Re: Cowboys .. NT Manslaughter
In this and other thread, we’ve spoken about drinking and its effects. I just wanted to bring up some additional info as relates to “size” of an involved individual.
There is a deeply ingrained misconception about a large person, such as Brent always being able to drink more than a smaller person before exhibiting the effects of alcohol, or the level of effect, as well as how long the effects can last.
Yes, there will be some difference based on the total volume of blood in a small vs large person, and therefore some ability to dilute the alcohol somewhat in the larger person....not much of a factor when comparing a 200 pounder to a 300 pounder.
Body fat content is a commonly overlooked major factor in inebriation and length of inebriation. Body fat doesn’t absorb alcohol. Therefore a person with higher body fat is going to have a higher BAC than a person who has less body fat. Since body fat cannot absorb alcohol, it instead forces the alcohol to remain in the bloodstream until the liver can break it down. The liver can only break down about one alcoholic drink per hour. The longer the alcohol remains in a person’s bloodstream, the longer they will feel inebriated.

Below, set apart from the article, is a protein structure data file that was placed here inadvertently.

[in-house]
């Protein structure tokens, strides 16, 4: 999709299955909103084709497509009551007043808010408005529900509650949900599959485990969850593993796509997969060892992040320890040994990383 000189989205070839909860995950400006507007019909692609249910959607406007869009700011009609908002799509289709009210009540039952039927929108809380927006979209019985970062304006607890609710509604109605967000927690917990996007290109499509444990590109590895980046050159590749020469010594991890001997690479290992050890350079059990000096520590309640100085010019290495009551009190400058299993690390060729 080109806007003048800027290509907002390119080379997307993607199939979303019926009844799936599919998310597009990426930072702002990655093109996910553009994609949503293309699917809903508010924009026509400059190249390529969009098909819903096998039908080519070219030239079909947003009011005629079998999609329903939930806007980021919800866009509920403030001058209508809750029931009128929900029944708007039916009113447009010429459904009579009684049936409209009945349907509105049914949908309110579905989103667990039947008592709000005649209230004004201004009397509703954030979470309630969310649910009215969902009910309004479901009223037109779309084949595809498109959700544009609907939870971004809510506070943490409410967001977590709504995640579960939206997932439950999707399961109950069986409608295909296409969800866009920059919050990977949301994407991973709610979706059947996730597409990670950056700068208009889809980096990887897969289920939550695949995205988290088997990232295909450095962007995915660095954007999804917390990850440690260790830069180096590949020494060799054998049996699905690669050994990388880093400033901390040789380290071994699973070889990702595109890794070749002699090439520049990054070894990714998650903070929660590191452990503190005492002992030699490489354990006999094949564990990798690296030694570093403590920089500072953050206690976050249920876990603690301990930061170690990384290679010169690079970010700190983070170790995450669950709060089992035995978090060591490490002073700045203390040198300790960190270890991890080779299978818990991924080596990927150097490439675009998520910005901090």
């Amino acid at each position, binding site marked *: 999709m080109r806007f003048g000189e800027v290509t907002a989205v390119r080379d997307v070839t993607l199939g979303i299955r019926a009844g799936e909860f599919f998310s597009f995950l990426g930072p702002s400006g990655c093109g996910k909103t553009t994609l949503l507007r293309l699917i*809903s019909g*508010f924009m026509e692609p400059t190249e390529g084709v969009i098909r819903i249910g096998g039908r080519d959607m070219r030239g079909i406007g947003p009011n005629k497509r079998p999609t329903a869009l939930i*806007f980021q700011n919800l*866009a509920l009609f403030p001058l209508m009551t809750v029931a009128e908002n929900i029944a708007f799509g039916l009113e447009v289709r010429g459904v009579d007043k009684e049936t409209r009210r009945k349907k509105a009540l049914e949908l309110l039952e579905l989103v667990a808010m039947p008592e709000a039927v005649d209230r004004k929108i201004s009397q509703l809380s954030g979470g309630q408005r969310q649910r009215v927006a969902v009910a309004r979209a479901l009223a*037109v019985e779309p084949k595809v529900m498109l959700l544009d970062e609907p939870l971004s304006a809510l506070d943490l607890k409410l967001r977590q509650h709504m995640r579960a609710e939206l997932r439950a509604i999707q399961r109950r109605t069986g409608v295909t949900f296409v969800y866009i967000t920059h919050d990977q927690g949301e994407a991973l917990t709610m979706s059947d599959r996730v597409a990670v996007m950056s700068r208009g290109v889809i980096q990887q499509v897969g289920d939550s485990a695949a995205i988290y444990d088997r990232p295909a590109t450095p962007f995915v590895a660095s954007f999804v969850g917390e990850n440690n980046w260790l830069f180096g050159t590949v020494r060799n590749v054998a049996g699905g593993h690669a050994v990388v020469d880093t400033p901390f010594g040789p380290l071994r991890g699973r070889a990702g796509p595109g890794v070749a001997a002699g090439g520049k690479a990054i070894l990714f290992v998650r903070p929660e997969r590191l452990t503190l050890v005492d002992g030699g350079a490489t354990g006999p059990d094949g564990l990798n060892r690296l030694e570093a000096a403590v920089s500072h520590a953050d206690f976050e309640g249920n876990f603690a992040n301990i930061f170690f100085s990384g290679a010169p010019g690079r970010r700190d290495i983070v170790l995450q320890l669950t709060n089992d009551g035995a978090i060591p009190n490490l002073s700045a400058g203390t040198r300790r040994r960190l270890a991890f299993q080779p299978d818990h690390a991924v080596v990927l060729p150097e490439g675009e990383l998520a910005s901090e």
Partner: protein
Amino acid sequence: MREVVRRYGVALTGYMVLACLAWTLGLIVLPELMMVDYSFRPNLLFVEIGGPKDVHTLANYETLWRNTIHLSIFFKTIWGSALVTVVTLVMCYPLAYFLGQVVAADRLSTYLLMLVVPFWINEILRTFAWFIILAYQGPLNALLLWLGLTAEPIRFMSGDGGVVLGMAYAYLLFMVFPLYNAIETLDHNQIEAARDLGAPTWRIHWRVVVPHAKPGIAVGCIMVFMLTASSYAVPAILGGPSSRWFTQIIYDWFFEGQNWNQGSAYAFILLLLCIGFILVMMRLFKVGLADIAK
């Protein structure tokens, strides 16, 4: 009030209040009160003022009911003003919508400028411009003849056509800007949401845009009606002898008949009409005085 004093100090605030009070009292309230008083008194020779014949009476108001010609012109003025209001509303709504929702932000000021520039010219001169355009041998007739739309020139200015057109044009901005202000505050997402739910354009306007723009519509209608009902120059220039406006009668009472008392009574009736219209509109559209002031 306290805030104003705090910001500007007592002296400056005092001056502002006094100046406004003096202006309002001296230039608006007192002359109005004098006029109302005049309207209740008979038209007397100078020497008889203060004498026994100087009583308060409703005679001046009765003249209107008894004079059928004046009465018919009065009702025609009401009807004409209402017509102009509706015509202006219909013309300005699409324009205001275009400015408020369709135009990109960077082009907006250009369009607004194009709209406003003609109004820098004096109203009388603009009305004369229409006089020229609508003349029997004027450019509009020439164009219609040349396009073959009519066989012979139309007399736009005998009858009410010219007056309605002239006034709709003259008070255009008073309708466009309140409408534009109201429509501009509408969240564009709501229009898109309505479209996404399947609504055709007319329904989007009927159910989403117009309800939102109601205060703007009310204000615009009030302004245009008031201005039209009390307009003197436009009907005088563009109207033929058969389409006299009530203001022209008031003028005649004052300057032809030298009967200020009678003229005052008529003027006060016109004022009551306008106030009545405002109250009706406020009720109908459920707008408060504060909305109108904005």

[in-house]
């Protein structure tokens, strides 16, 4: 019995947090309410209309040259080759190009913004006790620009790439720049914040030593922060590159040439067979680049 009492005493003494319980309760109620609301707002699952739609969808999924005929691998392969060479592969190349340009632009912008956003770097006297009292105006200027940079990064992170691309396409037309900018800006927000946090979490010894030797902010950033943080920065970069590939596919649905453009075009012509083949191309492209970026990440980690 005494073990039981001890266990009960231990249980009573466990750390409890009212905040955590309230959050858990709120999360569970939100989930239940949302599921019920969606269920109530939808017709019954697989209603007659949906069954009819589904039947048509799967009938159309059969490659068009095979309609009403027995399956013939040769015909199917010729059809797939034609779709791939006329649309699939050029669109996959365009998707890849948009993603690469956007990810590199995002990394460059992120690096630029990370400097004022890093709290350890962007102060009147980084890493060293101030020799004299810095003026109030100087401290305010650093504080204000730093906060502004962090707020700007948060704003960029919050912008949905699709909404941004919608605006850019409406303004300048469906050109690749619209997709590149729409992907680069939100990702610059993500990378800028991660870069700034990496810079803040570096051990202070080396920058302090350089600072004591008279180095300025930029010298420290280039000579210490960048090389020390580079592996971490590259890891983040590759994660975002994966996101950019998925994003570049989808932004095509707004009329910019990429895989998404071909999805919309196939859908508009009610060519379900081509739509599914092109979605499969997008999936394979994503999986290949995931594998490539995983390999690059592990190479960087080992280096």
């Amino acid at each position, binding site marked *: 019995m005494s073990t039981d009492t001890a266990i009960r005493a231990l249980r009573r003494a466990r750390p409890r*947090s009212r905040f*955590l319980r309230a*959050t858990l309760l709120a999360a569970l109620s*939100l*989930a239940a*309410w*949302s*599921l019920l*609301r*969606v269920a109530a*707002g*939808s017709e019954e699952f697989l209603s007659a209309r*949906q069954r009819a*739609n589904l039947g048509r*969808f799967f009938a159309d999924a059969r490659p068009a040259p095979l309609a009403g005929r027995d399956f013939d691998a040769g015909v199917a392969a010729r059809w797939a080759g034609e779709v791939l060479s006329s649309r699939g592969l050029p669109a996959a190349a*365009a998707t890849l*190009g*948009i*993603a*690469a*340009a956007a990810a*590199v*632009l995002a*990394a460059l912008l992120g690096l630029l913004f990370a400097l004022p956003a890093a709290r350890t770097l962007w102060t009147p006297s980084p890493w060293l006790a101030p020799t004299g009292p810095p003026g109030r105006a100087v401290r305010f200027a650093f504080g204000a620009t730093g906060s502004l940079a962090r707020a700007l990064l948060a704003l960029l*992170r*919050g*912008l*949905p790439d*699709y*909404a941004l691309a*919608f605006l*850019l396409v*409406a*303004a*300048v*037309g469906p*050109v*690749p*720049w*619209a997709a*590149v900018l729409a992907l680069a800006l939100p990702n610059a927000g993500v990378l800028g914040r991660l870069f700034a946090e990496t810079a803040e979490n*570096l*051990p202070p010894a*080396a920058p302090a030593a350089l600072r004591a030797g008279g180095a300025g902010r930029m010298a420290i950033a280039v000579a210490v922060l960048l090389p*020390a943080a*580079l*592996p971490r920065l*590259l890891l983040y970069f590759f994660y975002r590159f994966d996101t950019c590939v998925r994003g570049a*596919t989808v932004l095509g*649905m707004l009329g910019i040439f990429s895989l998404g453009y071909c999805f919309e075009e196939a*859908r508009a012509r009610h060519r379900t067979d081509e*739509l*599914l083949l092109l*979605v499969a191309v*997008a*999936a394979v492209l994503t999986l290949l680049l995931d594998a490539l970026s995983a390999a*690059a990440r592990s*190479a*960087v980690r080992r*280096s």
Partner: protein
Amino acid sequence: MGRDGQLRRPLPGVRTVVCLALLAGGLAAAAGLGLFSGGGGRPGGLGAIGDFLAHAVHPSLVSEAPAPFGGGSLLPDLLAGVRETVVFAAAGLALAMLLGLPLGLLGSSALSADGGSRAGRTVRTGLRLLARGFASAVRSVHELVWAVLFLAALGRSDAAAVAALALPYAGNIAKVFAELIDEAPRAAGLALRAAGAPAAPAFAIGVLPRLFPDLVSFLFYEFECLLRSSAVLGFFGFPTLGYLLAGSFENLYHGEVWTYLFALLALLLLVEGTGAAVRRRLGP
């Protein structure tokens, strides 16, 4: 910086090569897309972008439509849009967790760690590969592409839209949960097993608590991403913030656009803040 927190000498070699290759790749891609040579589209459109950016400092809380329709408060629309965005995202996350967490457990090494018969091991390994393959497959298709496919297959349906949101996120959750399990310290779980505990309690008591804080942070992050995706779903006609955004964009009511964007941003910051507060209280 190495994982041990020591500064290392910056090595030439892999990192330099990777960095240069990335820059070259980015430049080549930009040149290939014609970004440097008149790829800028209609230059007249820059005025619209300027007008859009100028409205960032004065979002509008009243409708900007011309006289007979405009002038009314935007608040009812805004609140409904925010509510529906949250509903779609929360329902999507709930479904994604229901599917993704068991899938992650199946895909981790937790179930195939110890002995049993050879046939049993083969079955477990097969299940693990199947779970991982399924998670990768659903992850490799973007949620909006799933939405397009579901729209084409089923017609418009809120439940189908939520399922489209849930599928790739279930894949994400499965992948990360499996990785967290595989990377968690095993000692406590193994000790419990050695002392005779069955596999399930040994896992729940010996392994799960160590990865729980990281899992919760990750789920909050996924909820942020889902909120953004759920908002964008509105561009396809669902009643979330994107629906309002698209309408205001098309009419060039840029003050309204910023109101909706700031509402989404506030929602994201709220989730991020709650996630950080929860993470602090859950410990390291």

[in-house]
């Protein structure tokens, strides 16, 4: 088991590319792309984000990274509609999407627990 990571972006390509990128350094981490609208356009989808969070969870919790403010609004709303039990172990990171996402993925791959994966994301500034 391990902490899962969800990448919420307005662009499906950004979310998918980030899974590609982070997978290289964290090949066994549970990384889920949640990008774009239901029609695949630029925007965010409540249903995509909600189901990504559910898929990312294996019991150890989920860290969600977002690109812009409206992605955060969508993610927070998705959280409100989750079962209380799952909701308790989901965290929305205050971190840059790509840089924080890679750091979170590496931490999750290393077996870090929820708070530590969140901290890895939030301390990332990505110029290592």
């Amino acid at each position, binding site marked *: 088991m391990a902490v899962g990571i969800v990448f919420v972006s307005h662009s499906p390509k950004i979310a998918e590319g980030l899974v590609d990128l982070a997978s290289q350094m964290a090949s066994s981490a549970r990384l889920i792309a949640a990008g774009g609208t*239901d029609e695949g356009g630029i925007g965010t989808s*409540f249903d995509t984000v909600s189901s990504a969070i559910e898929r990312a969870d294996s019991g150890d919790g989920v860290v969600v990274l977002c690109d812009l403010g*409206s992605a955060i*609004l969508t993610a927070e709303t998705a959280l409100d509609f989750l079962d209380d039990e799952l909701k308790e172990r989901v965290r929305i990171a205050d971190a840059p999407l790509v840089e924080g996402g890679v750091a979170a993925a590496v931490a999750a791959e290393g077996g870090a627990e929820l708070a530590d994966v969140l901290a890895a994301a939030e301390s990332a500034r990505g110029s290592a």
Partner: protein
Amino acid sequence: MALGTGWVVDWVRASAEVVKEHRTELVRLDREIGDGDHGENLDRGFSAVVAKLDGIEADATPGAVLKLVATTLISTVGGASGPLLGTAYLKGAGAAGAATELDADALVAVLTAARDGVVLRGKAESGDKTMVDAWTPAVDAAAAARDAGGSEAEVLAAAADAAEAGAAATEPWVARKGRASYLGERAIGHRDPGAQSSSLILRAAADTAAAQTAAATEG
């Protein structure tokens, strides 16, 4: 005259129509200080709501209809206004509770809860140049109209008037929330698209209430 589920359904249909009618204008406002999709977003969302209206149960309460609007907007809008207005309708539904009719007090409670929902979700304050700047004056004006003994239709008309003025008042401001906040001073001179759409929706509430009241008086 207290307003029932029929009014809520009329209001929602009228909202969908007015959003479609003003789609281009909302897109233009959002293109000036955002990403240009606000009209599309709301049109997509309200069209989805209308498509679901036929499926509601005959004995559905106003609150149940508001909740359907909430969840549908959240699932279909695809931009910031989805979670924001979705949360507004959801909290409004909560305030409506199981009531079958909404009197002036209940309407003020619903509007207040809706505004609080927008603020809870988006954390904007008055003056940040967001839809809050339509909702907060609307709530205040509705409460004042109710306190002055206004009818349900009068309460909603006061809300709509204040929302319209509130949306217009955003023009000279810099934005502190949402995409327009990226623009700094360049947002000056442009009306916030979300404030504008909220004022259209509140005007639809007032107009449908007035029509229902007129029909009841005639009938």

Women tend to have a higher BAC than men do. This is because women have a higher percentage of body fat and a smaller amount of an enzyme alcohol dehydrogenase that helps break down alcohol. Women also have less blood than men do because they are usually smaller in size.
Tolerance for alcohol seemed a lot higher when you are 21. The longer it took the inevitably feel the affects of alcohol, the more alcohol you probably consumed. Body fat tends to increase with age and enzyme action tends to slow down as a person gets older. And, again, body fat doesn’t absorb alcohol and the more body fat a person has, the higher their BAC will be and the more and longer he stays inebriated.
Also, as an aside, if a person is stressed or angry, they are likely to have a higher BAC than a person who is calm. When a person is under stress or is upset, their body tends to divert blood away from the stomach and small intestines, and instead moves it to the muscles. The reduced blood flow slows down the absorption of alcohol into the bloodstream. The angry or stressed person might not feel the affects of the alcohol immediately and continue drinking. As soon as the person calms down and the blood flow returns to the stomach, the person could experience a sudden increase in their BAC.